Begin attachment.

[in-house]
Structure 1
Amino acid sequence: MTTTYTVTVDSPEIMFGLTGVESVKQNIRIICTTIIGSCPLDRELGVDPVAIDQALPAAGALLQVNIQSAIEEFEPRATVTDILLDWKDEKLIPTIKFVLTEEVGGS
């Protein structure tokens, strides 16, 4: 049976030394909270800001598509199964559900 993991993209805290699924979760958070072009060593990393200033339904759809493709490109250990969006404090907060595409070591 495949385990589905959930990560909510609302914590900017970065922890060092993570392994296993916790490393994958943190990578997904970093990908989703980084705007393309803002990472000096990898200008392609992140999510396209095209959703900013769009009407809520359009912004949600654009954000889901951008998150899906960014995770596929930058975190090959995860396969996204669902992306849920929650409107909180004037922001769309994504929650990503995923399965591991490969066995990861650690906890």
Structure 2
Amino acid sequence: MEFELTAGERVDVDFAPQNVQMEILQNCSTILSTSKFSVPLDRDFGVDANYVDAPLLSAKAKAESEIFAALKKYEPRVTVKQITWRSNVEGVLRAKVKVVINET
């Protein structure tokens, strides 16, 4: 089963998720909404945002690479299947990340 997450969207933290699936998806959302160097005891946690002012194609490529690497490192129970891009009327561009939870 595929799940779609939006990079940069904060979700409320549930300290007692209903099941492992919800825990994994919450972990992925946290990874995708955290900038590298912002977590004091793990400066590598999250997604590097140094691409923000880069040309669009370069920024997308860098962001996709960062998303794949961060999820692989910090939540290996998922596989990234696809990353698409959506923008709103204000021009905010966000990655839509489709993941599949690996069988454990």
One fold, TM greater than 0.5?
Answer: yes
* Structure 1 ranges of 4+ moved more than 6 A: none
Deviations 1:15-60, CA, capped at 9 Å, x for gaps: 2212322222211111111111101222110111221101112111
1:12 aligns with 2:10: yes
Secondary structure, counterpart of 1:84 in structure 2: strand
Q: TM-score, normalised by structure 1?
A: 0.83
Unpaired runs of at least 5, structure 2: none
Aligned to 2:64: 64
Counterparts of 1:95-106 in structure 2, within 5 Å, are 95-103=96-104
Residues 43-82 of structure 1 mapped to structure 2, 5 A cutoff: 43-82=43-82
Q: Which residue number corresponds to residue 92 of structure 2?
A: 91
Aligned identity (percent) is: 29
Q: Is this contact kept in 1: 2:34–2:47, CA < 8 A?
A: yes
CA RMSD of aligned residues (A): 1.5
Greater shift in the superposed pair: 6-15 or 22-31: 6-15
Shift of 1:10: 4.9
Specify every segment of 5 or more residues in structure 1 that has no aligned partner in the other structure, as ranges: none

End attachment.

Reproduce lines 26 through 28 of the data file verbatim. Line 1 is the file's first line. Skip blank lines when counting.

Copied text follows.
Greater shift in the superposed pair: 6-15 or 22-31: 6-15
Shift of 1:10: 4.9
Specify every segment of 5 or more residues in structure 1 that has no aligned partner in the other structure, as ranges: none